Classmates Mourn ‘Funny, Goofy Kid’ Shot to Death in East Harlem – East Harlem – New York

 The 17-year-old was shot and killed by Park Avenue and 110th Street Wednesday night. 

Lewis Encarnacion
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EAST HARLEM — Classmates of a 17-year-old who was shot to death Wednesday night paid tribute to a friend they described as a, “funny, goofy kid.”

Lewis Encarnacion, a student at Heritage High who lived on 108th Street, was shot in the torso on Park Avenue and 110th Street, near the Lehman Village Houses about 10 p.m., according to the NYPD.

“I was just on Snapchat and saw somebody posting. ‘Pray for Lewis,’” said friend and classmate A.J. Tiller.

Tiller, 18, joined about 20 Heritage students outside of Encarnacion’s house to light candles in honor of their dead friend around noon. They spelled out Encarnacion’s nickname, “LA,” and placed the candles next to the entrance of his apartment building.

The students, a mix of seniors and juniors, spent the morning in the library talking with staff about Encarnacion’s death and how to cope with the sadness. The decided to use their lunch break to pay tribute to their friend.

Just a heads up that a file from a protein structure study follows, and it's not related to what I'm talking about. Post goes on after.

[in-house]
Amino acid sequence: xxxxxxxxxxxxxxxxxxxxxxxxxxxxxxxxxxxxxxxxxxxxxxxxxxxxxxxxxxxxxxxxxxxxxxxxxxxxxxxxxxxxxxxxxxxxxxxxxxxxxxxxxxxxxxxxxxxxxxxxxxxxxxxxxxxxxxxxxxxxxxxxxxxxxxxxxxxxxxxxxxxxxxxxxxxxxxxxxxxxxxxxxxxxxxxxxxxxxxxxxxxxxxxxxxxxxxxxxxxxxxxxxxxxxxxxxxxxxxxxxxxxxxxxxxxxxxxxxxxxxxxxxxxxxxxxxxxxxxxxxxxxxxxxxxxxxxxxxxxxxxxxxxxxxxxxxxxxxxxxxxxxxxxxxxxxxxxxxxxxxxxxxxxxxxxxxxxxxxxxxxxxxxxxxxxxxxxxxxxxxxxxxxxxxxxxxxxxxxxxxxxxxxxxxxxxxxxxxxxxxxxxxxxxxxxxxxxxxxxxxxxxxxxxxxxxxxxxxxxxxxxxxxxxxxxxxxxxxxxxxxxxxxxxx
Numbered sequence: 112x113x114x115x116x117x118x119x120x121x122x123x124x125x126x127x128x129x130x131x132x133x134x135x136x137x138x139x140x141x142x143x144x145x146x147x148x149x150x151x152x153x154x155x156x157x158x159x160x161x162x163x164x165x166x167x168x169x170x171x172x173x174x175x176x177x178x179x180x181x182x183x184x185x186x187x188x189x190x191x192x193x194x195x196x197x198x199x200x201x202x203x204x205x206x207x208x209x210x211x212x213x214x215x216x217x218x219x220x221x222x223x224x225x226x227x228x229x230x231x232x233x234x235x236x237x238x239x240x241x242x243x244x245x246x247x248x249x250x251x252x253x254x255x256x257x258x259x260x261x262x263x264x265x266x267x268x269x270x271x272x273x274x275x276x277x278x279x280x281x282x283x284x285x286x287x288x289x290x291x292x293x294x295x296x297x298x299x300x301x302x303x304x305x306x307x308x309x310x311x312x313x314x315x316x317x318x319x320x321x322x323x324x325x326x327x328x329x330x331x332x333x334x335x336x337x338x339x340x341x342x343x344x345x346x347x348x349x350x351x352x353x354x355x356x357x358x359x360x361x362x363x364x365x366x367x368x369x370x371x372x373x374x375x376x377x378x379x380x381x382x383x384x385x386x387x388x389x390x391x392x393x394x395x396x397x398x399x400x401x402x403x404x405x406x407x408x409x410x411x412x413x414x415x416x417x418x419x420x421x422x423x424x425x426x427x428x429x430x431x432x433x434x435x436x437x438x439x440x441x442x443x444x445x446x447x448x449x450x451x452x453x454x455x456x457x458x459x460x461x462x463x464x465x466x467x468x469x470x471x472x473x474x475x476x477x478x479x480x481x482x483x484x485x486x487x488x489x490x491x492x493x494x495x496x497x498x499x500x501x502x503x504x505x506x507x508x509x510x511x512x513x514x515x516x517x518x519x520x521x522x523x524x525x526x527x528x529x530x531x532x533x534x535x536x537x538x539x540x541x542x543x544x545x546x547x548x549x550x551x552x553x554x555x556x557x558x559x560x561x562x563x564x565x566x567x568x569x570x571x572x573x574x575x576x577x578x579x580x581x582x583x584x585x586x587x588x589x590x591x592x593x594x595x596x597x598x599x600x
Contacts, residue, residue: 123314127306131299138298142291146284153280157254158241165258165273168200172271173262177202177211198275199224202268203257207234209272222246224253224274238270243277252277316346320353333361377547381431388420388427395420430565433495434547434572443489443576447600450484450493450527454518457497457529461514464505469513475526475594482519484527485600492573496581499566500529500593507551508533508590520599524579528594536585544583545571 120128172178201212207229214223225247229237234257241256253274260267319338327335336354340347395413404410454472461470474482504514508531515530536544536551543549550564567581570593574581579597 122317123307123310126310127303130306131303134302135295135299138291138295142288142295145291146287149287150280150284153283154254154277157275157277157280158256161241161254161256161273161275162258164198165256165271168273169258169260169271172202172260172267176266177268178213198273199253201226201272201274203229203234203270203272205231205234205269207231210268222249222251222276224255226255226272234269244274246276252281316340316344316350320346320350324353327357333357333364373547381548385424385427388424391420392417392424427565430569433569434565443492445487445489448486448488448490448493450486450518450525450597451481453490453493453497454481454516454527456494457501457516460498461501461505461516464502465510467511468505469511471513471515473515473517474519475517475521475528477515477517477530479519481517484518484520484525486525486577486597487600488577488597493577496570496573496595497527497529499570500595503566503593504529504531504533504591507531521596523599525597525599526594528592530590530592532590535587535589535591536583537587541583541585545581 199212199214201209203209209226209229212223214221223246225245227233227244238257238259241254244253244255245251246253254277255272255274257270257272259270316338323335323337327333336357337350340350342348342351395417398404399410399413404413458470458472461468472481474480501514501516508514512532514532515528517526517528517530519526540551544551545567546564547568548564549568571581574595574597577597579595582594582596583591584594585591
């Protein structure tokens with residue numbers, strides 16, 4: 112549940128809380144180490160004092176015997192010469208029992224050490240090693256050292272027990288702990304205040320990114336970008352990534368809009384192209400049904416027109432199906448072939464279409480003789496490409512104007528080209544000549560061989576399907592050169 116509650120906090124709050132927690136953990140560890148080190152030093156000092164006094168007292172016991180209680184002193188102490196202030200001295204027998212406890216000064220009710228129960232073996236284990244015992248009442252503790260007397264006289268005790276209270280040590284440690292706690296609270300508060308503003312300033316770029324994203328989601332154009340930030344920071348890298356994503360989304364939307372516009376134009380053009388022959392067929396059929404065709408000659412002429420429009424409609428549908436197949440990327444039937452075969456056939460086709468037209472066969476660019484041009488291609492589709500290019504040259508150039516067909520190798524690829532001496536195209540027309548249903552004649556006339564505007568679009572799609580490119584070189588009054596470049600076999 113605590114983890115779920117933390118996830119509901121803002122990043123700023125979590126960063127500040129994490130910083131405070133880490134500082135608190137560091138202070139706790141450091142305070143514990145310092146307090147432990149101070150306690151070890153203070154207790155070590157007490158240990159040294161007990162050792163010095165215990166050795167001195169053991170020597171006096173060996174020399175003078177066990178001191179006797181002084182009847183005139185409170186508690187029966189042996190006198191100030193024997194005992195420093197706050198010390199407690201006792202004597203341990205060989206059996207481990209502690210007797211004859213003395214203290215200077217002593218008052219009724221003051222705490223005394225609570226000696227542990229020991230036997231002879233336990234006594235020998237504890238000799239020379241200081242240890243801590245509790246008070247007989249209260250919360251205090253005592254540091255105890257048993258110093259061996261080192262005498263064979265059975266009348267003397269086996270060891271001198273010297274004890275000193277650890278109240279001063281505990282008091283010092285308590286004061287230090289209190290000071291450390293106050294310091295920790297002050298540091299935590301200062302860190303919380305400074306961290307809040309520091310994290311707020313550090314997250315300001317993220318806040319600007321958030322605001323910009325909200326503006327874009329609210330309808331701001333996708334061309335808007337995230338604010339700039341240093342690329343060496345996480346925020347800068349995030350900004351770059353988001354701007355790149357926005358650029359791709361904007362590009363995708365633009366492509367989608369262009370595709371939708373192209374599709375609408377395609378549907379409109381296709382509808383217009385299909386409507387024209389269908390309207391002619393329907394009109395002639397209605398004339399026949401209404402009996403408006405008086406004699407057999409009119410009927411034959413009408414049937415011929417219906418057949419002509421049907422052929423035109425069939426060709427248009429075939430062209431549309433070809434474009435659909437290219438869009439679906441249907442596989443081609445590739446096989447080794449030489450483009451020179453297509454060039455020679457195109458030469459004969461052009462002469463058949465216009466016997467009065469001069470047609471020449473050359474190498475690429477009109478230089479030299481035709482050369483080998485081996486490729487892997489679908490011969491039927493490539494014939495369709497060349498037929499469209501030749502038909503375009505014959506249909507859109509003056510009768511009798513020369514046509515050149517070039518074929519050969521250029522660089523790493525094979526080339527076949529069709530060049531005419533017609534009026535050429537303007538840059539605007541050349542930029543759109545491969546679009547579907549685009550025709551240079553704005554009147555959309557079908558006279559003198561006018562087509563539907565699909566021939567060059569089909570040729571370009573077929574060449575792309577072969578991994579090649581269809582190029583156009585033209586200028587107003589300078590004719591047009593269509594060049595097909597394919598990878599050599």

“When I heard the news, I couldn’t believe it,” said John Cintron, 18. “I felt like it wasn’t real, like someone was playing a dirty joke. He was too young.”

Although Encarnacion was a “goofy,” friend who liked to cheer people up, he was big and didn’t back down from conflicts when his friends needed him, Cintron added.

Wednesday night, Cintron visited the place where Encarnacion died. He said there was still blood on the ground.

No arrests have been made in connection to the shooting. The NYPD is investigating the incident as a homicide.

Many of Encarnacion’s friends want to know who did it and why. Some did not rule out some type of retaliation.

“How would you feel if you woke up to see somebody that you were with every day dead?” asked Tiller. “You think you’re going to sit there and be calm? I’m not.”

Alice Rivera, a 65-year-old woman who lives on the block and has seen Encarnacion and his friends grow up, says the teenagers need to be careful.

“I always used to tell them, the whole little crowd that was here, stay out of trouble,” she said. “Pay attention, people are evil. He didn’t deserve what he got. He’s a good kid.”

Encarnacion’s family stayed inside their apartment during Thursday’s impromptu high school memorial.

His mother is struggling to cope with the loss of her child, said Cynthia Pantojas a neighbor and Encarnacion’s former baby sitter.

“His mother threw herself at me,” Pantojas said. “She’s hysterical. She didn’t get any sleep last night.”

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